The opposite also held true: Artificially activating these satiety neurons prevented unfed hungry mice from eating.

“Together these experiments suggested that PVH MC4R neurons function like a brake on feeding and are essential to prevent overeating,” said Garfield.

Much like an electronic circuit board, the brain is made up of discrete nodes connected by intricate wiring. After the authors determined that the PVH MC4 cells controlled satiety, Garfield said, the next logical step was to identify the downstream node in the circuit that was mediating this effect.

By injecting a tracer molecule into the PVH MC4R neurons, they were able to visualize the cells in other areas of the brain that were communicating with these cells. Their experiment revealed dense innervation of an area in the back of the brain called the lateral parabrachial nucleus (LPBN).

To probe the importance of this circuit in regulating appetite the scientists used optogenetics, a technology enabling them to selectively activate the subset of PVH MC4R neurons that target the LPBN by delivering blue laser light via a glass optical fiber implanted in the brains of the mice. As predicted, in the hungry mice, laser activation of this explicit PVH MC4R → LPBN circuit engaged a “brake” that significantly reduced the animals’ food consumption.

Confirming the Drive Reduction Theory

“There is a major hypothesis called ‘drive reduction’ that proposes that you eat to get rid of the unpleasant feeling of hunger,” Lowell said. “This is in contrast to other views that propose that you eat because the taste of good food is rewarding. We, therefore, needed to conduct a behavioral experiment that would tell us whether this PVH MC4R → LPBN circuit, which mice normally activate by eating, would be pleasant if activated artificially, in the absence of any food being consumed.”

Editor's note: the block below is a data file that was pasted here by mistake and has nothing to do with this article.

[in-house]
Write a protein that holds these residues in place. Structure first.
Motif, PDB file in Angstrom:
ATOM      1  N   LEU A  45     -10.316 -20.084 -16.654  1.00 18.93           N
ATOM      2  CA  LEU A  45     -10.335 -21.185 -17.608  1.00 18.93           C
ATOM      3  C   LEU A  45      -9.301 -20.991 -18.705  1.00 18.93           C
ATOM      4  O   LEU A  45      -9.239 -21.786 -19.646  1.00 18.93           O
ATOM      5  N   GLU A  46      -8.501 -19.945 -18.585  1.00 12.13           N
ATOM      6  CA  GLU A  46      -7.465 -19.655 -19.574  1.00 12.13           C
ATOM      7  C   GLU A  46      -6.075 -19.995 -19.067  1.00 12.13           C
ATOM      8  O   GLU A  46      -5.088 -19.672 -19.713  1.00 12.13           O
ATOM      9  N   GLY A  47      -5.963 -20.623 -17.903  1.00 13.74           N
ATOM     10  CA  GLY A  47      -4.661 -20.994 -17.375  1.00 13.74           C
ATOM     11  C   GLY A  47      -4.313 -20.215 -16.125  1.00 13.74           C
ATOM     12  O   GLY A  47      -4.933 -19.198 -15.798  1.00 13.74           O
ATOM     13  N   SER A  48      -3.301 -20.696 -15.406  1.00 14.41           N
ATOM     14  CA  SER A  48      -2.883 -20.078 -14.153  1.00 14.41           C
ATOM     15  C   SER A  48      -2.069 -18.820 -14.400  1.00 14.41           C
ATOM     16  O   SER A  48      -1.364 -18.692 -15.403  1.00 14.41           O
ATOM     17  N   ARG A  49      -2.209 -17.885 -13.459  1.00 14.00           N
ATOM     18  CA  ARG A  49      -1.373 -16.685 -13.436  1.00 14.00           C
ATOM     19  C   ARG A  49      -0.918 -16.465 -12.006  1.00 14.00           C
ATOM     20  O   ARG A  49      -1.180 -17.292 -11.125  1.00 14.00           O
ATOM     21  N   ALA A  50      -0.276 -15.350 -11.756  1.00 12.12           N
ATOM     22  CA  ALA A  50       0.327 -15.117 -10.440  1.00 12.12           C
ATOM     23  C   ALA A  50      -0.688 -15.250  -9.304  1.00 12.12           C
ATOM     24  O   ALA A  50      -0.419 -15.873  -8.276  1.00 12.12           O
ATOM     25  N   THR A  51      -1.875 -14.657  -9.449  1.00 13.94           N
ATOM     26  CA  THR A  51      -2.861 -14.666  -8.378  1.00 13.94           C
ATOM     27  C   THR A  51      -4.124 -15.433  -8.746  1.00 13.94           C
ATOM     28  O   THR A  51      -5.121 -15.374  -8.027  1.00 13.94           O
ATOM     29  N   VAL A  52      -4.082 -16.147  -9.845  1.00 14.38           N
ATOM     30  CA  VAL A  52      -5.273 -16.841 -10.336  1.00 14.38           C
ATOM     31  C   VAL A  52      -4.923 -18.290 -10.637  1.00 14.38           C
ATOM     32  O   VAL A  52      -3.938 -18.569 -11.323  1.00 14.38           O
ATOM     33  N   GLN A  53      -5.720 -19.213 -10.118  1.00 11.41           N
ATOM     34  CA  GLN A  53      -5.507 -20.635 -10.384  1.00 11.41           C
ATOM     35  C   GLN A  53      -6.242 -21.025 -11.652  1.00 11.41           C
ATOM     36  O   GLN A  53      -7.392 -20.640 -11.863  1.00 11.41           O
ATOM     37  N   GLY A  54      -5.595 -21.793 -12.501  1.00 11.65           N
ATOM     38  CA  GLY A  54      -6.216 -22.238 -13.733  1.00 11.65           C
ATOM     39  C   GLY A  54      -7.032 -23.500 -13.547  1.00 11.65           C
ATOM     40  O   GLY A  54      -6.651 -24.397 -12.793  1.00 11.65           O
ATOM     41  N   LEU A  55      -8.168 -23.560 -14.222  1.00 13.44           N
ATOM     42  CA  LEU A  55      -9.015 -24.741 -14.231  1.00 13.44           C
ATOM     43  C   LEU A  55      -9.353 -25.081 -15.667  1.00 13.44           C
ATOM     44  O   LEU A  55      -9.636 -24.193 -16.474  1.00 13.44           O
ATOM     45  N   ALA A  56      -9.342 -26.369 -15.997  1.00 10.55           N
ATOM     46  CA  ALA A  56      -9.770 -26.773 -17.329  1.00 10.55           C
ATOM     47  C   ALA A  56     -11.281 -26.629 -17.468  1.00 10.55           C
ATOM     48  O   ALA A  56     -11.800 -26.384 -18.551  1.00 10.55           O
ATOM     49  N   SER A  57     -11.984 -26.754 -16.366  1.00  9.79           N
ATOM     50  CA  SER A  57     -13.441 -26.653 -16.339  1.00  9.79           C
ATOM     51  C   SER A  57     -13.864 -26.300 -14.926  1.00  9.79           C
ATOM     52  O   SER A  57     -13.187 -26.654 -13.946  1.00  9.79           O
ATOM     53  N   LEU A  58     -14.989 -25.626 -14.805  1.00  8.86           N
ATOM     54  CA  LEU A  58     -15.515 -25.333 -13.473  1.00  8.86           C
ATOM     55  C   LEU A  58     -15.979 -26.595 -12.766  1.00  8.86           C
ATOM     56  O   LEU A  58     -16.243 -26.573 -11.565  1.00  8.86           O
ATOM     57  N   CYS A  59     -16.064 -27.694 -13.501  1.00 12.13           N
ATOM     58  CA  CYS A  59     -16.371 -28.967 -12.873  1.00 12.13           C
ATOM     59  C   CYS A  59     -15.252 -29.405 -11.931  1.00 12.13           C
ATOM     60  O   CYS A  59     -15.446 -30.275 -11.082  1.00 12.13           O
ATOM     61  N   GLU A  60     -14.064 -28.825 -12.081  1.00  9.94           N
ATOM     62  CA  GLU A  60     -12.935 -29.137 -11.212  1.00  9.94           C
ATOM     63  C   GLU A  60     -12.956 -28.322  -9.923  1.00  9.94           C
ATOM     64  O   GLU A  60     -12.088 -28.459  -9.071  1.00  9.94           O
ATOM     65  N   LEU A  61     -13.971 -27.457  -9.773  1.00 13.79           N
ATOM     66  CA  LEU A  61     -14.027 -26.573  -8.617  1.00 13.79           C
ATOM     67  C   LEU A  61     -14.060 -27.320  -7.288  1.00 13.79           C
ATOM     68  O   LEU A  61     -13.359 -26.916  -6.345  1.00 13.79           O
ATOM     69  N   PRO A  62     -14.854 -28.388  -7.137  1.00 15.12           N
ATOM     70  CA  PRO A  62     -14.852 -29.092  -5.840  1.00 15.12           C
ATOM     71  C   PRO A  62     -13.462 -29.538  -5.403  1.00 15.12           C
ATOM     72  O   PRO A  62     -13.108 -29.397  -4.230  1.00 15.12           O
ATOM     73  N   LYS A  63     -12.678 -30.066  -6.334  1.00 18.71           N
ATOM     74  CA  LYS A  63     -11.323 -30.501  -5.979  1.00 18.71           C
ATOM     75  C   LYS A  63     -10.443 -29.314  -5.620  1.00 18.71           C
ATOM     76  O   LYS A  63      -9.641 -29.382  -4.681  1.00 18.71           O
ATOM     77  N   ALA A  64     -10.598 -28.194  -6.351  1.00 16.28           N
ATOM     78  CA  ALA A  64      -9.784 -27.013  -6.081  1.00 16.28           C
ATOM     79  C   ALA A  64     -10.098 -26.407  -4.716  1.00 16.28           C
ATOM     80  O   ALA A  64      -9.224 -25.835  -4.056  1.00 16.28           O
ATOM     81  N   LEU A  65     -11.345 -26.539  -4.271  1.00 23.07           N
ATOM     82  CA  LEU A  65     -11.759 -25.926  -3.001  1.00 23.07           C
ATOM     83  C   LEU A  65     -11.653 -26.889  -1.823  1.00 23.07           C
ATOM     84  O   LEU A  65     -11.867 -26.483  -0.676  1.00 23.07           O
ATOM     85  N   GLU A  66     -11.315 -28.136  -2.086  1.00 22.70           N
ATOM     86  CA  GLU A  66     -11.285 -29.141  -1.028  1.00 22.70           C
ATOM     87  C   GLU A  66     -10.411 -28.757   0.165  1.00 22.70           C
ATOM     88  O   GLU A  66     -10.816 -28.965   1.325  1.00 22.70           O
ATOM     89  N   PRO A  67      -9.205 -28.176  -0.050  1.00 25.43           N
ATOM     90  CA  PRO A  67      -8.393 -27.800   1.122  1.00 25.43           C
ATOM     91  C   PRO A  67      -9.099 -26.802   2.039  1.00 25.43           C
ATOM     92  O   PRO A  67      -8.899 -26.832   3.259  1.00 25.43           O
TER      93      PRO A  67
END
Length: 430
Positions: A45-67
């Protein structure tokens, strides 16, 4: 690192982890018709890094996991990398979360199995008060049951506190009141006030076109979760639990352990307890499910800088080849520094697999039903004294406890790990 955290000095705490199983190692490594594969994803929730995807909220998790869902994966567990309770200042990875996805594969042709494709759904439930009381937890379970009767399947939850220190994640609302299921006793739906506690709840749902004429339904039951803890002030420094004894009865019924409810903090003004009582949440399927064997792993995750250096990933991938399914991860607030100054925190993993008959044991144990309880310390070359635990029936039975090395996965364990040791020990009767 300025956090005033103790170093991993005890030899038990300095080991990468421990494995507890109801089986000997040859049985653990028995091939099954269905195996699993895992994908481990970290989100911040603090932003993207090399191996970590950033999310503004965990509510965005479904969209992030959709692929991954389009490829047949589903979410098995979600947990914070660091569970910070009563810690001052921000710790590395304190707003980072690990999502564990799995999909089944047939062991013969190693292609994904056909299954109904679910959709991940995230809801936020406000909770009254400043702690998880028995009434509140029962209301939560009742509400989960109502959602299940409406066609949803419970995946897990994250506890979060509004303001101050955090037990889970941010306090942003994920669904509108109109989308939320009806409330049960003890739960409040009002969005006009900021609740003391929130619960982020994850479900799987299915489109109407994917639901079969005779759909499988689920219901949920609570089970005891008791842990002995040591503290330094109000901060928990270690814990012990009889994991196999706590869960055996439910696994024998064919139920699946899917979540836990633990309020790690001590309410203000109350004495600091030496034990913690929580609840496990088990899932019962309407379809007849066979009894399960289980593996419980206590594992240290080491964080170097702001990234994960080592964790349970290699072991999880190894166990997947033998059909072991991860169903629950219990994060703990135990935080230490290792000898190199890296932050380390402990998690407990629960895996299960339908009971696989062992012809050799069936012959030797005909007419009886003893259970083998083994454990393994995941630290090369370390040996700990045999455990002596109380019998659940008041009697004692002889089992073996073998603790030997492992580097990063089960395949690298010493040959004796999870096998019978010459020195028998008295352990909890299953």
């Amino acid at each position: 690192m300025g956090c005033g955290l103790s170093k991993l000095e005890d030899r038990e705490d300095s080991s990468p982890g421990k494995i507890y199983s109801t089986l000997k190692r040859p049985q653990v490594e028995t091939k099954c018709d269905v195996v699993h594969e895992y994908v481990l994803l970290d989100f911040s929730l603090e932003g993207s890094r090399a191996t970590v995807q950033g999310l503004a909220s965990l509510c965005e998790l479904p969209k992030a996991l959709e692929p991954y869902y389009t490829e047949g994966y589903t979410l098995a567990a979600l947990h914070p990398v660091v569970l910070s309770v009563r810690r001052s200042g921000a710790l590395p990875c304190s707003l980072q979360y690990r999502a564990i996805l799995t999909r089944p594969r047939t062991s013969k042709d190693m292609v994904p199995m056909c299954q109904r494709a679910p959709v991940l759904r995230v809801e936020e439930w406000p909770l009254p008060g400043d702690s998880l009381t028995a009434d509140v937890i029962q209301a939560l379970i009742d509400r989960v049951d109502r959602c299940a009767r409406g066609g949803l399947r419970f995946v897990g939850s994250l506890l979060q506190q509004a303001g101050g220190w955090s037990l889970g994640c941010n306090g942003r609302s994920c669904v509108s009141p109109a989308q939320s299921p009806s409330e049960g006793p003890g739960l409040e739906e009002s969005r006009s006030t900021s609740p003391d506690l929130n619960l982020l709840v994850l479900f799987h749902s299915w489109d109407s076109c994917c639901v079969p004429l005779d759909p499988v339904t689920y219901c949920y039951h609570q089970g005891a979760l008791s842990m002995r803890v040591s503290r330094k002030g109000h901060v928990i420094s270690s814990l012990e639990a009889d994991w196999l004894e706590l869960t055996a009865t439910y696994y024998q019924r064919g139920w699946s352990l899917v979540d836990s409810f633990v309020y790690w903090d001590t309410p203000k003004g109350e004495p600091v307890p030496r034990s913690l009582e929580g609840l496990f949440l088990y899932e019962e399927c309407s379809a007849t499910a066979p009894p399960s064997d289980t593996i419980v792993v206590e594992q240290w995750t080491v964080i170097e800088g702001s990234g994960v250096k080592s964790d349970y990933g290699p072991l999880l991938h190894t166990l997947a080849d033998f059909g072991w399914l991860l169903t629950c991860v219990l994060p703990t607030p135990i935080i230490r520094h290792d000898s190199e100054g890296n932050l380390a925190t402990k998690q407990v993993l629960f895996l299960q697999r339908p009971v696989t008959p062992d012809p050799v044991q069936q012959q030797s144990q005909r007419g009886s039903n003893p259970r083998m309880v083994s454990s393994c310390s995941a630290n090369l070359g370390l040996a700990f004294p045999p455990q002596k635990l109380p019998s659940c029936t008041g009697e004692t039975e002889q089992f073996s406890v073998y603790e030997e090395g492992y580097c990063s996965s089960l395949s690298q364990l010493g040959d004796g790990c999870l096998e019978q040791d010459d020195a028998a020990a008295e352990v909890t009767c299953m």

To answer this question, co-senior author Michael Krashes and his colleagues at the NIDDK developed a sophisticated behavioral experiment in which laser stimulation served as a surrogate for eating food. The experiment also enabled the mice to control the activation of their PVH MC4R → LPBN circuit based on their spatial location.

“We built a two-chamber apparatus separated by a doorway through which the hungry animals were free to move back and forth, as we tracked their activity,” Krashes said. “If the animal moved into one chamber, computer software triggered the delivery of the blue laser light, which stimulated the animal’s PVH MC4R → LPBN brain circuit. But when the animal returned to the other chamber, the laser switched off and the circuit was no longer stimulated.”

The scientists followed the mice for 25 minutes to determine which chamber the animals preferred. “Normal mice displayed no preference for either chamber,” said Krashes, “but the genetically engineered mice, which were able to stimulate the brain’s PVH MC4R → LPBN circuit, greatly preferred the blue light-associated chamber, highlighting the gratifying sensation that took away their bad feelings of hunger.”

Remarkably, Krashes said, when this experiment was repeated in mice that had recently eaten a meal, and therefore were not experiencing the negative feelings of hunger, turning on the satiety-promoting PVH MC4R → LPBN circuit lost its positive value, and the animals no longer showed a preference for the light-paired chamber.

“If the animals had found food in one particular chamber, then we expect that they would have stayed in that chamber and would have eaten, but since there was no food, they found another way of achieving the same result by self-stimulating the satiety-promoting PVH MC4R → LPBN circuit,” Krashes explained.

“Turning on the PVH-MC4R satiety neurons had the same effect as dieting, but because it directly reduced the hunger drive it did not cause the gnawing feelings of discomfort that often come with dieting,” said Lowell. “Our findings suggest that the therapeutic targeting of these cells may reduce both food consumption and the aversive sensations of hunger—and therefore may be an effective treatment for obesity.”

This work was supported in part by the Boston Area Diabetes Endocrinology Research Center; the University of Edinburgh Chancellor’s Fellowship; US National Institutes of Health grants R01DK096010, R01DK089044, R01DK071051, R01DK075632; R37DK053477, BNORC Transgenic Core P30DK046200, BADERC Transgenic Core P30DK057521, F32DK089710; K08DK0671561; R01DK088423 and R37DK0053301 and an American Diabetes Association Mentor-Based Fellowship. This research was also supported, in part, by the Intramural Research Program of the NIDDK, National Institutes of Health (1ZIADK075087, 1ZIADK075088).

Adapted from a Beth Israel Deaconess news release.